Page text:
Michigan prison officials say three people have been arrested after trying to use a drone to smuggle a cellphone and drugs into a prison.
Michigan Department of Corrections says two guards at the Richard A. Handlon Correctional Facility in the western Michigan city of Ionia heard the drone in the prison yard shortly before 4 a.m. Thursday.
Moments later, the drone dropped a package near a housing unit.
Three people have been arrested, accused of trying to use a drone to drop a cell phone and drugs into the Richard A. Handlon Correctional Facility in Ionia, Michigan, pictured
The drone dropped some items off at one building, the returned to drop some more objects at another building. Three people in a car outside the perimeter walls were then arrested
The Corrections Department says that as officers responded to the scene, the drone dropped a second package.
Department spokesman Chris Gautz says local law enforcement officers detained three people in a vehicle near the prison about 110 miles northwest of Detroit.
Michigan State Police spokeswoman Shanon Banner says the three haven’t been charged yet.
Authorities haven’t released their names.
Department spokesman Chris Gautz said the type of drugs dropped has not yet been identified, though ‘one package did have a strong odor of marijuana.’
It’s one of the first occasions where suspects have been caught immediately after using a drone to float objects across a security fence
Officials ‘are reviewing our records and comparing them with evidence authorities received from those they arrested to determine which prisoner(s) were intended to receive’ the contraband, Gautz said.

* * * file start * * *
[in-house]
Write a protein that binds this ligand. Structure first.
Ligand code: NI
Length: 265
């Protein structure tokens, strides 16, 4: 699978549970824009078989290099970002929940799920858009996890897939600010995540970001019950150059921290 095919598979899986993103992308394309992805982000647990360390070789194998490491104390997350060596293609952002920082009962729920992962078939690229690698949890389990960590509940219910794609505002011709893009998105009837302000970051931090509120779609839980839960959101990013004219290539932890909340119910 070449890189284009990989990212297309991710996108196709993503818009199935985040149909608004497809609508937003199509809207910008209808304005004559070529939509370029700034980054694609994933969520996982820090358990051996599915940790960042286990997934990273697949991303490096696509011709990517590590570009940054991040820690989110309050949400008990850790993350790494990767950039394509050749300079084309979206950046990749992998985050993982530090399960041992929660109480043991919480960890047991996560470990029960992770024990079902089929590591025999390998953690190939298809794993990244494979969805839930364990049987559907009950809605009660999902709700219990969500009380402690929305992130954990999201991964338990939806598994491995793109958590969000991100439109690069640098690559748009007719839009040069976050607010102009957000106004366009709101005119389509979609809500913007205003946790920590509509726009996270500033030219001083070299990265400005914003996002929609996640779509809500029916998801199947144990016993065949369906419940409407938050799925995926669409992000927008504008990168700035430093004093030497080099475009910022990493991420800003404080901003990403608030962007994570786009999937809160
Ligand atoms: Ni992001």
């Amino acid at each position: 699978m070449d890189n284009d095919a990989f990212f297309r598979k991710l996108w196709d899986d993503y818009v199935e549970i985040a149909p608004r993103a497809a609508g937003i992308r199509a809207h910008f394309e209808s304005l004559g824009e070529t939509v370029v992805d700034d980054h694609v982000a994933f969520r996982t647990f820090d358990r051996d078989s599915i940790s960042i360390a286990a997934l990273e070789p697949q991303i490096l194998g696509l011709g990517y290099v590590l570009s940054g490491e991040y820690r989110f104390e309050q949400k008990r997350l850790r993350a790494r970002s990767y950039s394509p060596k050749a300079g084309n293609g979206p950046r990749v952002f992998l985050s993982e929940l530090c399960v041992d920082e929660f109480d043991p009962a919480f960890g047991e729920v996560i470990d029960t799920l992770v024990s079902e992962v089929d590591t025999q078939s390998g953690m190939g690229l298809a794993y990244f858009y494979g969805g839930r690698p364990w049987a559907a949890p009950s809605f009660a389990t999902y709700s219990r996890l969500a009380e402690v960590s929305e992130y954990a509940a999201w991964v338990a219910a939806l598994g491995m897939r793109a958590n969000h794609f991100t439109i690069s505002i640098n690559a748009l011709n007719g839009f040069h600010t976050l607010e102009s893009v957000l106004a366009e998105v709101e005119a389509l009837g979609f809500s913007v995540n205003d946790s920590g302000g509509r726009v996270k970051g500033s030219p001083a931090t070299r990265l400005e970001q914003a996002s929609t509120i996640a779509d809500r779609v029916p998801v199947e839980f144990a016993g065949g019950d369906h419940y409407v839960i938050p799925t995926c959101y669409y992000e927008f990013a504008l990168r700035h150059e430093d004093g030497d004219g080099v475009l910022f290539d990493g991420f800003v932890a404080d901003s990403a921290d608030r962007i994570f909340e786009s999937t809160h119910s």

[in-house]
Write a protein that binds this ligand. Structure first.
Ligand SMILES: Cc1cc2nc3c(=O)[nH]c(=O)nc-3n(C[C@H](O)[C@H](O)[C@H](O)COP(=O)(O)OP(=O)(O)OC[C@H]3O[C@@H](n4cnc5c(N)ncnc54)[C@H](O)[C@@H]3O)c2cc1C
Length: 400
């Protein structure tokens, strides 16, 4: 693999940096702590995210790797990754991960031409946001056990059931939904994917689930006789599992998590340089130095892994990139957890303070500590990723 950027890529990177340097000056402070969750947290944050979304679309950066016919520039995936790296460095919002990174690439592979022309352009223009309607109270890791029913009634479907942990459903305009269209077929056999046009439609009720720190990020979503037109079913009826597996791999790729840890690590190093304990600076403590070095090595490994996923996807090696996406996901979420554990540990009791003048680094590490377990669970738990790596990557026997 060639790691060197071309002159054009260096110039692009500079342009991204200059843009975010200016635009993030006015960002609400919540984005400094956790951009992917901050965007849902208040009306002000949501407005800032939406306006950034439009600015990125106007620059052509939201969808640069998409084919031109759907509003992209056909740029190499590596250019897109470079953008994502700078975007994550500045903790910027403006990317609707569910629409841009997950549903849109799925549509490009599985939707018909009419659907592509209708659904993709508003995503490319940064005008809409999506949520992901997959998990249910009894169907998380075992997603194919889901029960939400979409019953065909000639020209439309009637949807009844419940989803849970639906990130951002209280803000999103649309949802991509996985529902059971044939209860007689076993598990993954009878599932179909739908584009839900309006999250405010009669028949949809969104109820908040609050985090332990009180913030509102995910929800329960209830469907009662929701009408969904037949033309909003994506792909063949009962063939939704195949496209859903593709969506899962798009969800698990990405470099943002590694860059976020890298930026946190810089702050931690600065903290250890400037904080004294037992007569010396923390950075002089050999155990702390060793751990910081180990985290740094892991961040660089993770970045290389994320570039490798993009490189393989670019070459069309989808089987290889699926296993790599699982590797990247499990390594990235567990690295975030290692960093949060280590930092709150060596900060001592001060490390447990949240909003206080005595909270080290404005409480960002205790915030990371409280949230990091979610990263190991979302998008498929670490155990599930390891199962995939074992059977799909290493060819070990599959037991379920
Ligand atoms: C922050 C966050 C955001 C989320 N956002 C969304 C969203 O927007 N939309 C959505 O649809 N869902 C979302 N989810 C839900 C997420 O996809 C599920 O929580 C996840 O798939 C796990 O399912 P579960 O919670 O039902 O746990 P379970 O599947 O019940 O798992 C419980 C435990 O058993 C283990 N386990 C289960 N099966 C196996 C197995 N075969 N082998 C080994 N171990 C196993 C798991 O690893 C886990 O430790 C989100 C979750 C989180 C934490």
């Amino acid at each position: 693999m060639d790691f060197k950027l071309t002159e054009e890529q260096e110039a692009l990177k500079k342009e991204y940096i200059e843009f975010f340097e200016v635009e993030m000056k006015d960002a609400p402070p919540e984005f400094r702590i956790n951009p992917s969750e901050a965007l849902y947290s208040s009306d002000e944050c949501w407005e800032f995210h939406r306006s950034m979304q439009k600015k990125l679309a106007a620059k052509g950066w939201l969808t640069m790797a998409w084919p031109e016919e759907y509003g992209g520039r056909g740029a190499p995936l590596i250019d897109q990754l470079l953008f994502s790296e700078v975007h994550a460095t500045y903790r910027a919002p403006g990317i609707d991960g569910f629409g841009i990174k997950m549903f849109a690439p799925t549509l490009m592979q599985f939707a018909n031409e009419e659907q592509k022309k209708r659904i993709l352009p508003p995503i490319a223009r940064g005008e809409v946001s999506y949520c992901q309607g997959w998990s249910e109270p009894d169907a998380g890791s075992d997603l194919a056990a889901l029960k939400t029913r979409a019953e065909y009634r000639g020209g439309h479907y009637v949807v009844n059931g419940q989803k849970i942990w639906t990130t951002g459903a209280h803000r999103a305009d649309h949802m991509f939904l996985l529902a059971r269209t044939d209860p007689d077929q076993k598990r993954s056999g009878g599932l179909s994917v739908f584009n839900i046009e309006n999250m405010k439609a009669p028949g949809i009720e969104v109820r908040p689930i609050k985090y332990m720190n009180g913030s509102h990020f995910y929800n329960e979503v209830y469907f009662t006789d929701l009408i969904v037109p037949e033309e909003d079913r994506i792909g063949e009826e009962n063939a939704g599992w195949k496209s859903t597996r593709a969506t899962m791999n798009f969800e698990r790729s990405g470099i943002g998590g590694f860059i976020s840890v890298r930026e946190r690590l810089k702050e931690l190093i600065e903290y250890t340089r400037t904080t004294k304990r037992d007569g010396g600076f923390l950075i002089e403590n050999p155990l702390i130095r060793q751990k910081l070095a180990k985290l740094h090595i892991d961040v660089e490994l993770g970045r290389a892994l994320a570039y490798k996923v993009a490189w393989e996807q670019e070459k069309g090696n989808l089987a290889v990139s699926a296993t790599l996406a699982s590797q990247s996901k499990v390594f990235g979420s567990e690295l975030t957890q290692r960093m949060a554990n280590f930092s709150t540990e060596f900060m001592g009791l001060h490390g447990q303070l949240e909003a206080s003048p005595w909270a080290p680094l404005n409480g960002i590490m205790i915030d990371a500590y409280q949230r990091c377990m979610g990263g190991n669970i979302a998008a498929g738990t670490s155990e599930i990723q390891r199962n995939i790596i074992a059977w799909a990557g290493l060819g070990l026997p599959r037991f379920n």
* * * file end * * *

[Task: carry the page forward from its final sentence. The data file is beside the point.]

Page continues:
This is one of the first occurrences in the nation where suspects have been immediately arrested by law enforcement after allegedly introducing contraband into a prison facility.
‘Drones present a serious and constant threat to our prisons across the state. Our staff remain vigilant in their efforts to keep dangerous contraband from entering our facilities in all manners,’ Michigan Department of Corrections Director Heidi Washington said.
‘I am proud of the prompt and professional response of our staff and for the support and coordination with local law enforcement and the Michigan State Police to apprehend these individuals. Together, their actions kept not only our facility, staff and prisoners safe, but the surrounding community as well.’
‘We will continue to work with our partners in the law enforcement community to ensure they have what they need to successfully prosecute these cases to the fullest extent of the law,’ Washington said. ‘We will also continue our efforts to aid lawmakers in their efforts to strengthen laws regarding drones and their ability to introduce dangerous contraband into our prisons.’